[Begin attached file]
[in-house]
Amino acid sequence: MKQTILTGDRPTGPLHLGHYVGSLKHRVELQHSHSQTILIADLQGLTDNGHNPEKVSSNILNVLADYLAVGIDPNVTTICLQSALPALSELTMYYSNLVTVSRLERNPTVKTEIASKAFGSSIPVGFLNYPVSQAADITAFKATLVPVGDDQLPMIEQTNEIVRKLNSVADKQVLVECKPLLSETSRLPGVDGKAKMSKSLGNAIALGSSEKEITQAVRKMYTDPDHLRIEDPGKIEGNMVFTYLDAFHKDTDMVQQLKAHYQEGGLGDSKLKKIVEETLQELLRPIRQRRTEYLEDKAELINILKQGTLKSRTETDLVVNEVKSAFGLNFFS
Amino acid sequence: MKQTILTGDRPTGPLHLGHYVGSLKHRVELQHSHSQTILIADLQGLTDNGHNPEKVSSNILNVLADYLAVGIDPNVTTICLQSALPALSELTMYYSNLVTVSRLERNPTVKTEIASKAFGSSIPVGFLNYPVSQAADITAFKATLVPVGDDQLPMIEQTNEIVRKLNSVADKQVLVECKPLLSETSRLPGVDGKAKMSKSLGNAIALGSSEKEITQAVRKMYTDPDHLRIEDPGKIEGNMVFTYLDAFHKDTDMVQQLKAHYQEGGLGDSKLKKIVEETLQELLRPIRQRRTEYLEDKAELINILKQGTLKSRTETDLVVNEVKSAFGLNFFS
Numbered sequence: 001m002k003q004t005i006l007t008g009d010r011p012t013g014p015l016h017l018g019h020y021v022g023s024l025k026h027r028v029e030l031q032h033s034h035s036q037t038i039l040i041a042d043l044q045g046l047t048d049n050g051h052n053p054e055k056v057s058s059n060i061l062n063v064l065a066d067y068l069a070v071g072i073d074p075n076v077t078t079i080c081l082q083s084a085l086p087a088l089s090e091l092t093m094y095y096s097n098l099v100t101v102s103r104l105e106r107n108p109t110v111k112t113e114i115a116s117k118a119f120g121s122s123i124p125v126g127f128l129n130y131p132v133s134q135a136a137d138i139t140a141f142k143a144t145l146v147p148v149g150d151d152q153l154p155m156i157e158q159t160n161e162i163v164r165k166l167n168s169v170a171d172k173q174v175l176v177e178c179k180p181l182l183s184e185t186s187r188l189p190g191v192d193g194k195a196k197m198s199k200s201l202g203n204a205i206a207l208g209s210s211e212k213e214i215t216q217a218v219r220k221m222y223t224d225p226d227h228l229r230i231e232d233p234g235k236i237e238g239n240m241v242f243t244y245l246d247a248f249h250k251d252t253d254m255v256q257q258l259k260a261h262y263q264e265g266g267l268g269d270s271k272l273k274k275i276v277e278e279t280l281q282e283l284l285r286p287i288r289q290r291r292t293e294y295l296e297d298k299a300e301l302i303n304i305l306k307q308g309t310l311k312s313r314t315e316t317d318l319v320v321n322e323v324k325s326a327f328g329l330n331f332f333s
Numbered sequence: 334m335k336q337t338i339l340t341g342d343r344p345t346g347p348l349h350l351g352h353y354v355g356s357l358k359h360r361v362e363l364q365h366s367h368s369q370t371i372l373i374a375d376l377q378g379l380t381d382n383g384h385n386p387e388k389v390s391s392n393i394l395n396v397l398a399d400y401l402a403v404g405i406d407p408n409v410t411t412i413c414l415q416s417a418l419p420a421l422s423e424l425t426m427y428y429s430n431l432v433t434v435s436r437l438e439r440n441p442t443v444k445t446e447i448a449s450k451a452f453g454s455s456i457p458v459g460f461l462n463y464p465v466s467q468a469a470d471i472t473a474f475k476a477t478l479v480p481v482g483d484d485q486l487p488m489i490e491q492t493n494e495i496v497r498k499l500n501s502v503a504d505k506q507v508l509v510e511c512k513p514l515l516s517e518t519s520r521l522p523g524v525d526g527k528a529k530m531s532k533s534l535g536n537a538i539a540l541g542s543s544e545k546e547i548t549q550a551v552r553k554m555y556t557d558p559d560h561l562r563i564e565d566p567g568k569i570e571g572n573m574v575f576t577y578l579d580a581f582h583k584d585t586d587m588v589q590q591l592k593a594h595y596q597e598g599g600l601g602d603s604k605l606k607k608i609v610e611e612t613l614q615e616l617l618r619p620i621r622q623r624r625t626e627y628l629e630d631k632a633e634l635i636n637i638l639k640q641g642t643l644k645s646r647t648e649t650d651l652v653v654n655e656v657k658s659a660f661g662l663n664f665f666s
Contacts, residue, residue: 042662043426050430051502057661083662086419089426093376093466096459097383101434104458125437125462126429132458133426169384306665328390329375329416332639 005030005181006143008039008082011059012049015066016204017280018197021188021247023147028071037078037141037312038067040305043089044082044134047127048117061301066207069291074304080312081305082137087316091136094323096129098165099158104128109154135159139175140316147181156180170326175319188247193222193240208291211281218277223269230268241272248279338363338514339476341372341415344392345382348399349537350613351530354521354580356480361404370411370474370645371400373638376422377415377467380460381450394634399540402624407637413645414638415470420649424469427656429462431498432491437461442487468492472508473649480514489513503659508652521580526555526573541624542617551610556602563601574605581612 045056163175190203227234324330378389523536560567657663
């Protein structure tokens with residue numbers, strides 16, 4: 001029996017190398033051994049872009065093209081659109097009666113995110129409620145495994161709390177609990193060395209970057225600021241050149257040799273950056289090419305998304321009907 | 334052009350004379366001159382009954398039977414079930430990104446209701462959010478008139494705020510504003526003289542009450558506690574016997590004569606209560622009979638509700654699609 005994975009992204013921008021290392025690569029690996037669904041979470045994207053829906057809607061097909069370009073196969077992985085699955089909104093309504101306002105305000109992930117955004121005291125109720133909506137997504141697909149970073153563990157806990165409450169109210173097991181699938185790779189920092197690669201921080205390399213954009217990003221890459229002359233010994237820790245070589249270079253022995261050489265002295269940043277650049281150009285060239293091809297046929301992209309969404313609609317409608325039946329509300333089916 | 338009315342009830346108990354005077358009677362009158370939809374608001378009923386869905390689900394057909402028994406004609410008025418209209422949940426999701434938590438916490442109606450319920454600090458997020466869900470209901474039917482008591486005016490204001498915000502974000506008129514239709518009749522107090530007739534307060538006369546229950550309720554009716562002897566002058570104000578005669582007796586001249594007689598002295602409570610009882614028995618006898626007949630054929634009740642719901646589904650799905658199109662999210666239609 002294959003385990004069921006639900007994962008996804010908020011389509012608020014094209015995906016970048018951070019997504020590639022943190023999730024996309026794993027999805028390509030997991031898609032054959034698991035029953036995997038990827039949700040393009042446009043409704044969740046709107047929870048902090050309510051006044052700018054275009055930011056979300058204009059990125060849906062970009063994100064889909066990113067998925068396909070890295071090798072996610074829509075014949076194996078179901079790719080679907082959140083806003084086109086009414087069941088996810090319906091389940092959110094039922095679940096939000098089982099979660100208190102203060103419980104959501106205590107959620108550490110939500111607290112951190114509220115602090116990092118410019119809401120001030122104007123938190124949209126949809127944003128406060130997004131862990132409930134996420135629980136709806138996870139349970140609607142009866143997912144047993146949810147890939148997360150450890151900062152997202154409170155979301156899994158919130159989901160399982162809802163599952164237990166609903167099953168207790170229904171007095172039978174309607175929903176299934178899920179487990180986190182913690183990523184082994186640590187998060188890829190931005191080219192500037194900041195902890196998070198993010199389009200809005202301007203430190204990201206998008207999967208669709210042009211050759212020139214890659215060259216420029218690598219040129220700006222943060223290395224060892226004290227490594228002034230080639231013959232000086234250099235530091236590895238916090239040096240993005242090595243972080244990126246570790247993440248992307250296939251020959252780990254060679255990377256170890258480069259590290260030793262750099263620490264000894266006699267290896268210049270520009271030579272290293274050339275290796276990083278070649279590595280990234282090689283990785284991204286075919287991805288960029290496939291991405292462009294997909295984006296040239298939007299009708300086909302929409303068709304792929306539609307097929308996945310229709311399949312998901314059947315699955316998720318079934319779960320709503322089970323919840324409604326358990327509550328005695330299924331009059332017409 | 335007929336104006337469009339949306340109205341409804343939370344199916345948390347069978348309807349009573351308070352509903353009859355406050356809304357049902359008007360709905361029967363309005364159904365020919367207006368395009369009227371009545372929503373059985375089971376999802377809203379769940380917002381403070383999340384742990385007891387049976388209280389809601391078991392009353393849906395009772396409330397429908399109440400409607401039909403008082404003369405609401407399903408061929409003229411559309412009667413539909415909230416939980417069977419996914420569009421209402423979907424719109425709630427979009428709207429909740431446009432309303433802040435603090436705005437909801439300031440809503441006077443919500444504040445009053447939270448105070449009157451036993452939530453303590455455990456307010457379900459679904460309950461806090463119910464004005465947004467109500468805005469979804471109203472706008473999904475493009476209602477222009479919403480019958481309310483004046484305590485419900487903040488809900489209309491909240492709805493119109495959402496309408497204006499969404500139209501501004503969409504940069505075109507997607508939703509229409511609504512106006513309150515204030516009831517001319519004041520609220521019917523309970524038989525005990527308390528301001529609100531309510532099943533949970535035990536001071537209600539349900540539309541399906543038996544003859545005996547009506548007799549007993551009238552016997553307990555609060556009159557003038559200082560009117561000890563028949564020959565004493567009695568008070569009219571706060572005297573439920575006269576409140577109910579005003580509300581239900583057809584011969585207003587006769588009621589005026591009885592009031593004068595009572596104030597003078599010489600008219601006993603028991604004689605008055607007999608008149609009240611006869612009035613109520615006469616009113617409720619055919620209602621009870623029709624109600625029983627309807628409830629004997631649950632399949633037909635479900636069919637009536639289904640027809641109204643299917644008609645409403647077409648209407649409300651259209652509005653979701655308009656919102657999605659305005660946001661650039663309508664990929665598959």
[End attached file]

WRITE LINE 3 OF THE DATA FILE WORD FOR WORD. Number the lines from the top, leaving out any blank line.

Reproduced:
Amino acid sequence: MKQTILTGDRPTGPLHLGHYVGSLKHRVELQHSHSQTILIADLQGLTDNGHNPEKVSSNILNVLADYLAVGIDPNVTTICLQSALPALSELTMYYSNLVTVSRLERNPTVKTEIASKAFGSSIPVGFLNYPVSQAADITAFKATLVPVGDDQLPMIEQTNEIVRKLNSVADKQVLVECKPLLSETSRLPGVDGKAKMSKSLGNAIALGSSEKEITQAVRKMYTDPDHLRIEDPGKIEGNMVFTYLDAFHKDTDMVQQLKAHYQEGGLGDSKLKKIVEETLQELLRPIRQRRTEYLEDKAELINILKQGTLKSRTETDLVVNEVKSAFGLNFFS